Digital trade has become one of the global economy’s strongest drivers of growth, especially as it’s estimated that half of all value in the global economy will be created digitally by 2025. Unfortunately, an increasing number of countries are introducing digital barriers to trade such as local data center requirements, which mandate that Internet services companies locate data centers in-country as a condition of market access, or local data storage requirements mandating that companies must store and process data locally, thus cutting off cross-border data flows, and precluding the provision of Web-based services such as cloud computing. To address this, last week Senators John Thune and Ron Wyden introduced legislation in The Digital Trade Act of 2013 that articulates key principles U.S. trade negotiators should adhere to—such as prohibiting localization requirements for data and computing infrastructure—in order to protect the Internet from restrictive measures that obstruct the free flow of data in the global economy.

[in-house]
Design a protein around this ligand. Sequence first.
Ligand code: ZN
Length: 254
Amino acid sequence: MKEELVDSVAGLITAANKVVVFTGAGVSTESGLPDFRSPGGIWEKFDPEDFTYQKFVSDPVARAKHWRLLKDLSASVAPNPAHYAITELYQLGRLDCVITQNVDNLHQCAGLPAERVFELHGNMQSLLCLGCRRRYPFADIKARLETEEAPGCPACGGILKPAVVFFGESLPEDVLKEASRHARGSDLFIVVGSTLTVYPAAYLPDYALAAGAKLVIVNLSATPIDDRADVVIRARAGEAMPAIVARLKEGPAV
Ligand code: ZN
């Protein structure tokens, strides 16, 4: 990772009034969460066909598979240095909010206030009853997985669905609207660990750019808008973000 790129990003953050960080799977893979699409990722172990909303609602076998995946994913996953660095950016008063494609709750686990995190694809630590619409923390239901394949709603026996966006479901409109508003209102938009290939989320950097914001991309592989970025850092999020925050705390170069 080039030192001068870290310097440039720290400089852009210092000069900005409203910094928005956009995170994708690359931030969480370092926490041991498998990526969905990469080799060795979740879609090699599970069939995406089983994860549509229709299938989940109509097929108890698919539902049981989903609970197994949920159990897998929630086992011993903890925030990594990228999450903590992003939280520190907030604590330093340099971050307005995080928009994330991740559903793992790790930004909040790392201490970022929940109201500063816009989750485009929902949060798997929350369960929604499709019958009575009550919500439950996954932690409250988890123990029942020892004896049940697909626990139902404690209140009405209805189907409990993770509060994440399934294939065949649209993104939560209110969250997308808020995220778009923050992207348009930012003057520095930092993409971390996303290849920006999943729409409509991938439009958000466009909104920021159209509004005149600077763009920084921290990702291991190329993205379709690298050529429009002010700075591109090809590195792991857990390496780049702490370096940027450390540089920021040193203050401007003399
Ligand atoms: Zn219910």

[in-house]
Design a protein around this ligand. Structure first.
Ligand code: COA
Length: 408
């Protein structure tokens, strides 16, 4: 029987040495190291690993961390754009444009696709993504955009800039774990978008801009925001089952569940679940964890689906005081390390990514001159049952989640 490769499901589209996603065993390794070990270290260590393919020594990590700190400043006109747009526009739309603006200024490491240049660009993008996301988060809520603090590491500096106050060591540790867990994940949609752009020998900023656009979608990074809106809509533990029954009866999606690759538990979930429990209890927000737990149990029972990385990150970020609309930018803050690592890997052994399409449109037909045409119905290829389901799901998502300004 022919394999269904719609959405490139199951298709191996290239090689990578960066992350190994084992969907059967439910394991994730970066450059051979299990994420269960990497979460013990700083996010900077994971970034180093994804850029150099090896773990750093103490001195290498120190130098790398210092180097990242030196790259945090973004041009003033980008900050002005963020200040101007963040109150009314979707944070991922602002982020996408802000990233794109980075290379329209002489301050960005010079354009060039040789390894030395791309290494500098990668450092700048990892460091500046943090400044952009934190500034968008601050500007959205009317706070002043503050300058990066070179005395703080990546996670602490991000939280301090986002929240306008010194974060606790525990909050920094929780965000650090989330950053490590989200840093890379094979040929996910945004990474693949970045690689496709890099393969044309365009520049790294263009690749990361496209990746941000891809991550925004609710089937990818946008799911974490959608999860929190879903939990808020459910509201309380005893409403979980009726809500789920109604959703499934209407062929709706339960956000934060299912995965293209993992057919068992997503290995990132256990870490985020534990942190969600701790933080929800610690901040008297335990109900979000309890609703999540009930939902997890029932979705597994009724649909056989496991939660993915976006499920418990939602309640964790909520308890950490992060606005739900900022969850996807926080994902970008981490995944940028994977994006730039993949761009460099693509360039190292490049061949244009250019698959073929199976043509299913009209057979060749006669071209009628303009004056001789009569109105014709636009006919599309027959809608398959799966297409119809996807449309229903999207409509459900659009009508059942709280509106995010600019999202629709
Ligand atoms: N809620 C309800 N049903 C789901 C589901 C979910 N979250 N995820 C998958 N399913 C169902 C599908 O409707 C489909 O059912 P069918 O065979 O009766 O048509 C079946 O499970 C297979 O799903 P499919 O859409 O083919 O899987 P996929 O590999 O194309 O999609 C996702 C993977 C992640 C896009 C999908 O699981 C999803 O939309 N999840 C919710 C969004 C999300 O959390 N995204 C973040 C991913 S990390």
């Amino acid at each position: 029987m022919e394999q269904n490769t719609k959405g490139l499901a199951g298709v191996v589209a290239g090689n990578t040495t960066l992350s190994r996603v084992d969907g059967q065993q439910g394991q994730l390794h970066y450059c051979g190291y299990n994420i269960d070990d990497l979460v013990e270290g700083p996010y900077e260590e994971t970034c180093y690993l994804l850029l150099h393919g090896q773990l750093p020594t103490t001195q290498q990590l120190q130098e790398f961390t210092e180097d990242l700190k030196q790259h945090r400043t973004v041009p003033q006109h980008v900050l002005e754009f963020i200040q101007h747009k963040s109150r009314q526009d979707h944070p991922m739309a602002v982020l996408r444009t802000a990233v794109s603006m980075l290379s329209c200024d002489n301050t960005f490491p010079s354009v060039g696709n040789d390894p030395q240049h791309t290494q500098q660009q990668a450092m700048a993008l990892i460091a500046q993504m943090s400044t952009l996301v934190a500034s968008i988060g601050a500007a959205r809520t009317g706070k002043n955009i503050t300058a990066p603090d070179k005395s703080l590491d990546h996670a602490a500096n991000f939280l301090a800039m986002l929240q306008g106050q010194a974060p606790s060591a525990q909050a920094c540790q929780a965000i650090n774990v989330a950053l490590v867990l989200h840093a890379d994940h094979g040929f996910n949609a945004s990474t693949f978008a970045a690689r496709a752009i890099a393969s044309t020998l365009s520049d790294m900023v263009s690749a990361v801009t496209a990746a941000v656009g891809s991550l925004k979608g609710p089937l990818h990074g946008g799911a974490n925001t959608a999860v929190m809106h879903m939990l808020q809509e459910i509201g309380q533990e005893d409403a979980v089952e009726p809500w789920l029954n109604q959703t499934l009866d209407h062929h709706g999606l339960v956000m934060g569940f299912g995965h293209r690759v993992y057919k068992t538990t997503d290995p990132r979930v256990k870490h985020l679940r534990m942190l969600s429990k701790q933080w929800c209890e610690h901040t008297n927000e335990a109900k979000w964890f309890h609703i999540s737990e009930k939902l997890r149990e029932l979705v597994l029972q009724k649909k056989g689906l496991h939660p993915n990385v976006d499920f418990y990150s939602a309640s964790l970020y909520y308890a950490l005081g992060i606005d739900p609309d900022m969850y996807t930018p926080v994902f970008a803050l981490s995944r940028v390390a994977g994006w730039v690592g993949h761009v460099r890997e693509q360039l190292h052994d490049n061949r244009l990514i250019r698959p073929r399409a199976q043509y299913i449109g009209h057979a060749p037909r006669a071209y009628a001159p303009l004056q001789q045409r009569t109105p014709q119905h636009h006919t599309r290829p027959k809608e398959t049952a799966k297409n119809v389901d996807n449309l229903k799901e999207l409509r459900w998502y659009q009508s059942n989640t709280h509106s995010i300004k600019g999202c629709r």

Canada at a Crossroads
While Canada currently lags behind many developed countries in terms of IP protections, the recently concluded Canada-EU Trade Agreement (CETA) and the ongoing Trans-Pacific Partnership (TPP) negotiations represent opportunities for Canada to adopt globally-accepted IP protections and to improve its enforcement efforts. Michelle Wein will participate in this panel discussion, which will explore Canada's weak IP environment and consider measures for improvement going forward. It is sponsored by the U.S. Chamber of Commerce’s Global Intellectual Property Center.
The False Promise of Data Nationalism
A growing number of policy makers believe that data is more private and secure if it is stored domestically. This report shows why this is a false promise by providing a short guide to the implications of storing data on servers in foreign countries, with a foreign-owned service provider, or both, under various conditions. The report also recommends the United States engage its trade partners in developing a “Geneva Convention on the Status of Data” that establishes international legal standards for government access to data.
Talking TPP: Getting Through to Negotiators
The Trans Pacific Partnership (TPP) can and should serve as a model for an innovation-centric trade agreement, promoting economic growth for all member countries. But to do so it must protect intellectual property, eliminate non-tariff barriers to trade, and ensure the free flow of information across borders. Anything less is unacceptable.